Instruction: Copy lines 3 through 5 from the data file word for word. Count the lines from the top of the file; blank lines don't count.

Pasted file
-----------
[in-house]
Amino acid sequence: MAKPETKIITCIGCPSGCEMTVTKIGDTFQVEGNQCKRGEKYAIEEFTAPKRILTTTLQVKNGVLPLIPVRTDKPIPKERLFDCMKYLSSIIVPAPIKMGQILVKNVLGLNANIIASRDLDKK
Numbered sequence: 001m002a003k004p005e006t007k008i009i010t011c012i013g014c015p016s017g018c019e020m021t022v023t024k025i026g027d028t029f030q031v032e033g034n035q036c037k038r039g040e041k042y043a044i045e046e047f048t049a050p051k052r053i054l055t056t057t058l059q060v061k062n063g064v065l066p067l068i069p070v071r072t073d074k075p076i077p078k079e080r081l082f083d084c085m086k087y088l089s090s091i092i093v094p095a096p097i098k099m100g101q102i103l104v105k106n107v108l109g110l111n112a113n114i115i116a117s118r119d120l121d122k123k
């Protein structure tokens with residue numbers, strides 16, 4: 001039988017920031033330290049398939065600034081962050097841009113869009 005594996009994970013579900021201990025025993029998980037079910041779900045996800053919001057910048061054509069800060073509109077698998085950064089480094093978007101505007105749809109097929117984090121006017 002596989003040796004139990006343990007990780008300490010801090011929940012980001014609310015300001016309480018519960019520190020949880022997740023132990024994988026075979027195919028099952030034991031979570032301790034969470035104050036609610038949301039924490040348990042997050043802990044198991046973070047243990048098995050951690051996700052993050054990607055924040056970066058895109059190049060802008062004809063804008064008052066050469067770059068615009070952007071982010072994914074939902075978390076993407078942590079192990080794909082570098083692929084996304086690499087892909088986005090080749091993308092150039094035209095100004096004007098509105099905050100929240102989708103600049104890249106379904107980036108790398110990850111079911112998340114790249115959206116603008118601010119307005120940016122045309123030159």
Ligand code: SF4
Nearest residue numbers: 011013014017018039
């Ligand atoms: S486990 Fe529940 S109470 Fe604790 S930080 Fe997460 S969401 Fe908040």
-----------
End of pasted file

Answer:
Numbered sequence: 001m002a003k004p005e006t007k008i009i010t011c012i013g014c015p016s017g018c019e020m021t022v023t024k025i026g027d028t029f030q031v032e033g034n035q036c037k038r039g040e041k042y043a044i045e046e047f048t049a050p051k052r053i054l055t056t057t058l059q060v061k062n063g064v065l066p067l068i069p070v071r072t073d074k075p076i077p078k079e080r081l082f083d084c085m086k087y088l089s090s091i092i093v094p095a096p097i098k099m100g101q102i103l104v105k106n107v108l109g110l111n112a113n114i115i116a117s118r119d120l121d122k123k
């Protein structure tokens with residue numbers, strides 16, 4: 001039988017920031033330290049398939065600034081962050097841009113869009 005594996009994970013579900021201990025025993029998980037079910041779900045996800053919001057910048061054509069800060073509109077698998085950064089480094093978007101505007105749809109097929117984090121006017 002596989003040796004139990006343990007990780008300490010801090011929940012980001014609310015300001016309480018519960019520190020949880022997740023132990024994988026075979027195919028099952030034991031979570032301790034969470035104050036609610038949301039924490040348990042997050043802990044198991046973070047243990048098995050951690051996700052993050054990607055924040056970066058895109059190049060802008062004809063804008064008052066050469067770059068615009070952007071982010072994914074939902075978390076993407078942590079192990080794909082570098083692929084996304086690499087892909088986005090080749091993308092150039094035209095100004096004007098509105099905050100929240102989708103600049104890249106379904107980036108790398110990850111079911112998340114790249115959206116603008118601010119307005120940016122045309123030159």
Ligand code: SF4